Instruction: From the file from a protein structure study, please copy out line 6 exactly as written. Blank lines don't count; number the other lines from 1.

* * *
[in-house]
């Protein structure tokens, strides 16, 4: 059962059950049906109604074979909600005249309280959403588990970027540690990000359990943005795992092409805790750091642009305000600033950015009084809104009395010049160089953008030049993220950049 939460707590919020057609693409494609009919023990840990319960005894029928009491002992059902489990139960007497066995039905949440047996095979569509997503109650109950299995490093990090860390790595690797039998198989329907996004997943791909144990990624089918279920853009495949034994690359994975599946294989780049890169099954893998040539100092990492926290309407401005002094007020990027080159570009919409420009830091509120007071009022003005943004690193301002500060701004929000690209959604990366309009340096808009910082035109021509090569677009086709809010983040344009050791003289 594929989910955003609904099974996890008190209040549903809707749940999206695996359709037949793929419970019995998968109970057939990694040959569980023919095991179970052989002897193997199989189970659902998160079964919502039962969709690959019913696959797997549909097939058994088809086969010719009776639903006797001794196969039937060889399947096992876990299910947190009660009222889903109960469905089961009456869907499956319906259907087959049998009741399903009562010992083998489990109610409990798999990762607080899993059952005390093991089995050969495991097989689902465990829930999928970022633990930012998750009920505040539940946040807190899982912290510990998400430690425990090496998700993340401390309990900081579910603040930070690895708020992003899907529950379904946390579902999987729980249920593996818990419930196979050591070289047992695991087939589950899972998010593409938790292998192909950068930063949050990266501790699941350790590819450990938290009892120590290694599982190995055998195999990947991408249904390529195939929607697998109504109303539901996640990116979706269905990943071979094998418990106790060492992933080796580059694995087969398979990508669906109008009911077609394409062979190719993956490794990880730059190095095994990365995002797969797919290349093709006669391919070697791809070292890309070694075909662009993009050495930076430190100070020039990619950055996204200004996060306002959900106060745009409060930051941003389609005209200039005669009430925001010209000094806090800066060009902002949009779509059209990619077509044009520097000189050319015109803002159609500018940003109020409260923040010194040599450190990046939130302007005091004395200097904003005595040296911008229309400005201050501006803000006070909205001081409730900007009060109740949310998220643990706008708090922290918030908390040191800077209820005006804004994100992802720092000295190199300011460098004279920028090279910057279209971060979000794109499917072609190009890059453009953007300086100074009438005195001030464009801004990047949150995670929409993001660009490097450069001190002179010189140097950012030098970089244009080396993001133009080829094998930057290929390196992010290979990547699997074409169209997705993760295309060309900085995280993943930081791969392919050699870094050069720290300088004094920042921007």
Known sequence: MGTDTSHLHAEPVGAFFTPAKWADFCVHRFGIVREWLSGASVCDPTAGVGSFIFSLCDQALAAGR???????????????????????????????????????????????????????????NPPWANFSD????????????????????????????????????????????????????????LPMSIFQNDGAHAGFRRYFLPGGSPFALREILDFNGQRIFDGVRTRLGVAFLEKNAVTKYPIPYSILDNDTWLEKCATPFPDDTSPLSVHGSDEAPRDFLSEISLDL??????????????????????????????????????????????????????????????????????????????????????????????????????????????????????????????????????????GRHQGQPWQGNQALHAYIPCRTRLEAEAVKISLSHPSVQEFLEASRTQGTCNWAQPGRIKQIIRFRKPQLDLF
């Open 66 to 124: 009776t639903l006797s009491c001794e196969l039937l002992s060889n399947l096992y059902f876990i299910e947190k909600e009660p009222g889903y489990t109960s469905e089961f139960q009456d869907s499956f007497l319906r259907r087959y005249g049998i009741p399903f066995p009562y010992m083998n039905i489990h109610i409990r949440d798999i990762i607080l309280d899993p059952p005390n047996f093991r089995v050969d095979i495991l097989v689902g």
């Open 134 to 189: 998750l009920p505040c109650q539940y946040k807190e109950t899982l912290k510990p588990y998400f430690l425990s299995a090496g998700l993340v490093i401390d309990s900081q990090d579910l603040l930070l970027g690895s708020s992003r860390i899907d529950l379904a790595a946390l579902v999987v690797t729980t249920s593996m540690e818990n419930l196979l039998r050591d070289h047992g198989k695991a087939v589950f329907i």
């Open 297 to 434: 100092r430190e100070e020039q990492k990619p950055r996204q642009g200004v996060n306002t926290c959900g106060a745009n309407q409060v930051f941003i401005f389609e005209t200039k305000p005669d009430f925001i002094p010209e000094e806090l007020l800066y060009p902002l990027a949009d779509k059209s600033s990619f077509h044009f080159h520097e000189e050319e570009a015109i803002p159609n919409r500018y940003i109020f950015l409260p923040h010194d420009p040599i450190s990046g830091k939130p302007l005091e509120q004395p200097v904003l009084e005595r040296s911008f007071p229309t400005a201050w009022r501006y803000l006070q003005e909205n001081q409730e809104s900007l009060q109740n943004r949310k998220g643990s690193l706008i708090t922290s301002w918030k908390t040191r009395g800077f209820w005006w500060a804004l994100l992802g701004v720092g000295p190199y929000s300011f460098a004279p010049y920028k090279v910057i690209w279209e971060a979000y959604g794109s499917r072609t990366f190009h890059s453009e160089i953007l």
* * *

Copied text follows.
């Open 297 to 434: 100092r430190e100070e020039q990492k990619p950055r996204q642009g200004v996060n306002t926290c959900g106060a745009n309407q409060v930051f941003i401005f389609e005209t200039k305000p005669d009430f925001i002094p010209e000094e806090l007020l800066y060009p902002l990027a949009d779509k059209s600033s990619f077509h044009f080159h520097e000189e050319e570009a015109i803002p159609n919409r500018y940003i109020f950015l409260p923040h010194d420009p040599i450190s990046g830091k939130p302007l005091e509120q004395p200097v904003l009084e005595r040296s911008f007071p229309t400005a201050w009022r501006y803000l006070q003005e909205n001081q409730e809104s900007l009060q109740n943004r949310k998220g643990s690193l706008i708090t922290s301002w918030k908390t040191r009395g800077f209820w005006w500060a804004l994100l992802g701004v720092g000295p190199y929000s300011f460098a004279p010049y920028k090279v910057i690209w279209e971060a979000y959604g794109s499917r072609t990366f190009h890059s453009e160089i953007l």